"My main reason for treating my varicose veins is to relieve the aching and fatigue. My legs are so tired at the end of the day! My doctor said that I could try surgery, but I don't feel like my legs bother me enough to take the risk, even though she says it's a pretty safe surgery. So we talked about some other options, like these special panty hose that compress the leg veins, and about putting my feet up several times a day. And about walking more. Who would have thought that being on my feet more might make my legs less tired?"

— Carolyn, age 67

"I have several of those long, ropy-looking, twisted blue varicose veins. And my legs are pretty skinny, so they really stand out. I'm not concerned with how my legs look, but I'm a police officer and I'm on my feet all day. At the end of the day, my legs really ache. We talked about treatments like elastic stockings, but in my job that isn't practical. My doctor said that I'm a good candidate for surgery to remove the long veins and that the results should be pretty good."

— Diego, age 38

"I would like to do something about all my varicose veins, but until my youngest daughter gets out of college, we really can't afford it. I also know that treatment sometimes can cause some discoloration or scarring, which I would also like to avoid. So I wear my support hose, elevate my legs, and wear darker hose with my skirts."

— Suzanne, age 56

3. What matters most to you?

Your personal feelings are just as important as the medical facts. Think about what matters most to you in this decision, and show how you feel about the following statements.

Reasons to have a procedure for varicose veins

Reasons to try home care for varicose veins

I'm really bothered by the way my legs look because of my varicose veins.

I'm not bothered by how my legs look.

             
More important
Equally important
More important

I still have symptoms from my varicose veins, even with home care.

Home care is helping my symptoms.

             
More important
Equally important
More important

I'm not worried about possible side effects from a procedure for varicose veins.

I don't want to have the risk of any side effects from a procedure.

             
More important
Equally important
More important

Having a procedure is worth it to me, even if there's a chance that my varicose veins will come back.

I don't want to have a procedure if my varicose veins could come back.

             
More important
Equally important
More important

My other important reasons:

My other important reasons:

   
             
More important
Equally important
More important

4. Where are you leaning now?

Now that you've thought about the facts and your feelings, you may have a general idea of where you stand on this decision. Show which way you are leaning right now.

Having a procedure

NOT having a procedure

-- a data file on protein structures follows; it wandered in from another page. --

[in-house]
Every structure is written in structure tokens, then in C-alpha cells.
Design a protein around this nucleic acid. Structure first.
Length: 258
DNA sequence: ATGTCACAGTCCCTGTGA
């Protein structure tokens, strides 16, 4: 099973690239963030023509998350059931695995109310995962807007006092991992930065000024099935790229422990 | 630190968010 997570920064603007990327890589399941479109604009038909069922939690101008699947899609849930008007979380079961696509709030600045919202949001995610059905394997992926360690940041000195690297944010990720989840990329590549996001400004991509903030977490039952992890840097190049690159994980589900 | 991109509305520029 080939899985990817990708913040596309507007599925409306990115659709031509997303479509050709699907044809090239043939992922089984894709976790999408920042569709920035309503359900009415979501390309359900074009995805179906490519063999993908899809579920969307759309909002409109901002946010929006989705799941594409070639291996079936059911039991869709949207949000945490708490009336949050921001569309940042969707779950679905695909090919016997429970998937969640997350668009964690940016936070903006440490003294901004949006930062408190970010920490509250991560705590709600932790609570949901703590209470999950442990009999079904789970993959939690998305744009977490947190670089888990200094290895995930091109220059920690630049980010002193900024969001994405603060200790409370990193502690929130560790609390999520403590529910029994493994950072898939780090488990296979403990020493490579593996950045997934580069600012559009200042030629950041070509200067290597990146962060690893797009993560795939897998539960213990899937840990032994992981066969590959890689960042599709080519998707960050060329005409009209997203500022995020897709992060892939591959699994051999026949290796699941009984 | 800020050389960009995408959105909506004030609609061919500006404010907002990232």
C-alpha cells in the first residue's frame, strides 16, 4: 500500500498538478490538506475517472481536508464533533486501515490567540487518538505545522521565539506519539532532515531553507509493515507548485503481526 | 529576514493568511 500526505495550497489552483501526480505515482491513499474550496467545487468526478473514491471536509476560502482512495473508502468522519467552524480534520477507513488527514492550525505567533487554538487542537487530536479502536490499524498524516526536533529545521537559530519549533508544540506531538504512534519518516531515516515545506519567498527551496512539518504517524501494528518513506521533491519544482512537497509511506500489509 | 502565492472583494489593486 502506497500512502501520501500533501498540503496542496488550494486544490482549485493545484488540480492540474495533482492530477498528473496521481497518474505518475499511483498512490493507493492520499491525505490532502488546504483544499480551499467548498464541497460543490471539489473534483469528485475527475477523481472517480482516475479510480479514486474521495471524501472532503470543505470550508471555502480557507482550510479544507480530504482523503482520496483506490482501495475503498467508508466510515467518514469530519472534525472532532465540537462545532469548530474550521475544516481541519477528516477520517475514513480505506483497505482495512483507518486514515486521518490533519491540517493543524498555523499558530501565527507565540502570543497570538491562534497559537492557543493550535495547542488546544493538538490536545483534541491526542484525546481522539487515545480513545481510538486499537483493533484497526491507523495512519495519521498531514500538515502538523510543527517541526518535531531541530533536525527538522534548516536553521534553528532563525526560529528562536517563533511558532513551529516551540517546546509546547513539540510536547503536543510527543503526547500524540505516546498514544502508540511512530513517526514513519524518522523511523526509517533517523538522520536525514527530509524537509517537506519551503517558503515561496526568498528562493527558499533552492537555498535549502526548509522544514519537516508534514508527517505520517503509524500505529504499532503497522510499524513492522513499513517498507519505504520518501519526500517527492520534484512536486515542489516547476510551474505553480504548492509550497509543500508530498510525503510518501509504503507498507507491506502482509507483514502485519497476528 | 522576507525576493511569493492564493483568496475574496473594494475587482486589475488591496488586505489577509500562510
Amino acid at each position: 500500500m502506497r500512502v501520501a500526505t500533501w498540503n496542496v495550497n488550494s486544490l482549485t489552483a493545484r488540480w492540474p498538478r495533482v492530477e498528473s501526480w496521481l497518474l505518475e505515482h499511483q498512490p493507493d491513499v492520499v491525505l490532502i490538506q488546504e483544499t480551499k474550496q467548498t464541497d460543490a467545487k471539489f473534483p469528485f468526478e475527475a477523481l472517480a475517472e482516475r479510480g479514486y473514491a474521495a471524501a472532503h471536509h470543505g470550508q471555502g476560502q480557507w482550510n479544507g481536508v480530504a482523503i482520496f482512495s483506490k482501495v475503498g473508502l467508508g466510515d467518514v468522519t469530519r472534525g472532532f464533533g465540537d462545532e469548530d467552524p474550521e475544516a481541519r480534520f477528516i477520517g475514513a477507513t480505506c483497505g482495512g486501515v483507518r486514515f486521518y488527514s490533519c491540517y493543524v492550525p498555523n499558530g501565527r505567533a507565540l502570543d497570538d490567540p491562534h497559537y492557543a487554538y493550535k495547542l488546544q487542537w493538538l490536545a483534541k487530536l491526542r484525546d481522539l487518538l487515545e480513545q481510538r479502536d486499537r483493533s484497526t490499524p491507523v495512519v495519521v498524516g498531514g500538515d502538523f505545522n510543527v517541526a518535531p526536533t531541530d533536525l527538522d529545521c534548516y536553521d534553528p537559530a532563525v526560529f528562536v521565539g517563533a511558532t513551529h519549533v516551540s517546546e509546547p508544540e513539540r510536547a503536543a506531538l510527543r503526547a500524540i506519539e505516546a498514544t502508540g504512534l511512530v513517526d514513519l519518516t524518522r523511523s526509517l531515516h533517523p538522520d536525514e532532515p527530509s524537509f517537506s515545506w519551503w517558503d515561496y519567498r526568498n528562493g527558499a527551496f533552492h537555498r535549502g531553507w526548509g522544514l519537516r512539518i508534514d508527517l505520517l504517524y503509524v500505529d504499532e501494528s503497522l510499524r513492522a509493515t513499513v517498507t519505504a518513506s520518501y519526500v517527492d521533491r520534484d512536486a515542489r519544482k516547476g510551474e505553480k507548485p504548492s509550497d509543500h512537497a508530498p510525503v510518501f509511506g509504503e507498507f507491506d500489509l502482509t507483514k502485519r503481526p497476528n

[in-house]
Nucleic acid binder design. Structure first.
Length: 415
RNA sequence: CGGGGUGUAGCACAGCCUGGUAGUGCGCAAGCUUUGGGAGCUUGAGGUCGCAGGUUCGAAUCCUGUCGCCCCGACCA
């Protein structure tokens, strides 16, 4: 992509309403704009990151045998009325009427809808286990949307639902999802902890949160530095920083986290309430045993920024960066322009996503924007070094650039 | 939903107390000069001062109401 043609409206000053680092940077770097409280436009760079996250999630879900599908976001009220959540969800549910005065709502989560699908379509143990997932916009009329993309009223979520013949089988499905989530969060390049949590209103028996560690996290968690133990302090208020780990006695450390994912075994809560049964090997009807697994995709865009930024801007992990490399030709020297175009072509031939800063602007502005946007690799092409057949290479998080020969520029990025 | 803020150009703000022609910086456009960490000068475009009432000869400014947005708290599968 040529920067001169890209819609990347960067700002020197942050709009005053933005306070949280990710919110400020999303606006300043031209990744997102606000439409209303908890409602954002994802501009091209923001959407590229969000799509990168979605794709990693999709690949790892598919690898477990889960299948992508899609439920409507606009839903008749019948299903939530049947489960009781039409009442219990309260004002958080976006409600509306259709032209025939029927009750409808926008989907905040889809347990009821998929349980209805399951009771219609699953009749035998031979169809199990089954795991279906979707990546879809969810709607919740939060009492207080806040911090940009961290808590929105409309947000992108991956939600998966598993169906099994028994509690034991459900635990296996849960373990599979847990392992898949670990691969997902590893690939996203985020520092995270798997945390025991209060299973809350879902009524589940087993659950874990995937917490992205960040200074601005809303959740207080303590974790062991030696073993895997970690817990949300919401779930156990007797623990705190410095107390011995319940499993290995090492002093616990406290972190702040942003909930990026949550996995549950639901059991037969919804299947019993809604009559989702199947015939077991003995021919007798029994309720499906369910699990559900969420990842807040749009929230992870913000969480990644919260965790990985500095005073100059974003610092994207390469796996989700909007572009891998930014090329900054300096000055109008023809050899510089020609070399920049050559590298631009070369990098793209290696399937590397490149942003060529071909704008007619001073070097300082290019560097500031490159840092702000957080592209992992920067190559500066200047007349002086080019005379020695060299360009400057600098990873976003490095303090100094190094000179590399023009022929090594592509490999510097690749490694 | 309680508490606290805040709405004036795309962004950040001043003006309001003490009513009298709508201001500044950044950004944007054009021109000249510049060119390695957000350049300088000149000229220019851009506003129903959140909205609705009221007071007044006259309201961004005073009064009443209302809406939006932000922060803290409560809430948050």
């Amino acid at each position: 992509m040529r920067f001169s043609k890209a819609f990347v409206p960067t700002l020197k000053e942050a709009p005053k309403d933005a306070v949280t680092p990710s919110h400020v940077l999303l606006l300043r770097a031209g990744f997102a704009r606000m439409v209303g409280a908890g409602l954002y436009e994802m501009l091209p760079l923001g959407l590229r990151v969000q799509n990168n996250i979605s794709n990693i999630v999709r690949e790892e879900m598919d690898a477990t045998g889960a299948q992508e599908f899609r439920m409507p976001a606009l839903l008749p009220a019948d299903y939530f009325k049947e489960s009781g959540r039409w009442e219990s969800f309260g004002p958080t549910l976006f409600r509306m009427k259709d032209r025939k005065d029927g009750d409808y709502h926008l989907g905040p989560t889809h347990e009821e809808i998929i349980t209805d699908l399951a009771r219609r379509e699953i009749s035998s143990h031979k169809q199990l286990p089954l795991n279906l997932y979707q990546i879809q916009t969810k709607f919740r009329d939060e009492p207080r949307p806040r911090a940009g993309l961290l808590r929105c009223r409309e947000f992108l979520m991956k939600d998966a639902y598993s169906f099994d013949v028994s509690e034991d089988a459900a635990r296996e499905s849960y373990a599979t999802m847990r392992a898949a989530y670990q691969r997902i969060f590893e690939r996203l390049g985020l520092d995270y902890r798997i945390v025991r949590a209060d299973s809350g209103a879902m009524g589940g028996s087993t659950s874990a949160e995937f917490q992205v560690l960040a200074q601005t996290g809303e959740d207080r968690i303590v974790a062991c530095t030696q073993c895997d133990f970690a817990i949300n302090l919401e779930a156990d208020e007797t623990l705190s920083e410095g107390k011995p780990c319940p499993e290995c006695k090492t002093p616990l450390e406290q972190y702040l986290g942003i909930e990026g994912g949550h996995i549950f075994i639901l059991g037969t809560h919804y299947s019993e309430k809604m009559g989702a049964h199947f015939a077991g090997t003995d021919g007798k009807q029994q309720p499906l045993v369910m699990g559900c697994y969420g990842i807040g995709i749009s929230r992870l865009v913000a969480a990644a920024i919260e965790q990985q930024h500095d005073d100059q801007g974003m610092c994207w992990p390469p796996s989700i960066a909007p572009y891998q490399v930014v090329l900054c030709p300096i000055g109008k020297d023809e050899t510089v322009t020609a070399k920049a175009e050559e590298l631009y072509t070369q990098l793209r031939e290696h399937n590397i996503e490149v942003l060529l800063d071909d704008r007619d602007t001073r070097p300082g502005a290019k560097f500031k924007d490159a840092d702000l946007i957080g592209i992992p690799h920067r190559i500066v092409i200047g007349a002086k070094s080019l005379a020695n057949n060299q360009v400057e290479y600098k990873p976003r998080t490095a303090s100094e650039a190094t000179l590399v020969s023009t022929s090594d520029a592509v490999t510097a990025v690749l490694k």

Leaning toward
Undecided
Leaning toward

5. What else do you need to make your decision?

Check the facts

1. I might be able to treat my varicose veins without having surgery or a procedure.

  • True
  • False
  • I'm not sure
That's right. For many people, home treatment works well to relieve pain and other symptoms. If you don't have serious problems from varicose veins, home care may be all that you need.

2. Home treatment can change how my legs look from varicose veins.

  • True
  • False
  • I'm not sure
You're right. Having surgery or a procedure is a better choice if you care a lot about how your legs look. Home treatment won't change the look of varicose veins.

3. The kind of procedure I'll have depends on the size of my varicose veins.

  • True
  • False
  • I'm not sure
You're right. The size of your varicose veins affects the type of procedure. If you have large veins, you may be more likely to have surgery, endovenous laser treatment, or radiofrequency closure. Smaller veins usually are treated with sclerotherapy or simple laser therapy.

Decide what's next

1. Do you understand the options available to you?

2. Are you clear about which benefits and side effects matter most to you?

3. Do you have enough support and advice from others to make a choice?

Certainty

1. How sure do you feel right now about your decision?

         
Not sure at all
Somewhat sure
Very sure

2. Check what you need to do before you make this decision.

  • I'm ready to take action.
  • I want to discuss the options with others.
  • I want to learn more about my options.

3. Use the following space to list questions, concerns, and next steps.

 
Credits
By Healthwise Staff
Primary Medical Reviewer E. Gregory Thompson, MD - Internal Medicine
Specialist Medical Reviewer David A. Szalay, MD - Vascular Surgery

References
Citations
  1. Van den Bos R, et al. (2009). Endovenous therapies of lower extremity varicosities: A meta-analysis. Journal of Vascular Surgery, 49(1): 230–239.
  2. Tisi P (2011). Varicose veins, search date January 2010. Online version of BMJ Clinical Evidence: http://www.clinicalevidence.com.
  3. Creton D, et al. (2010). Radiofrequency-powered segmental thermal obliteration carried out with the ClosureFast procedure: Results at 1 year. Annals of Vascular Surgery, 24(3): 360–366.
  4. Wakefield TW, et al. (2010). Varicose veins section of Veins and lymphatics. In GM Doherty, ed., Current Surgical Diagnosis and Treatment, 13th ed., pp. 790–792. New York: McGraw-Hill Medical.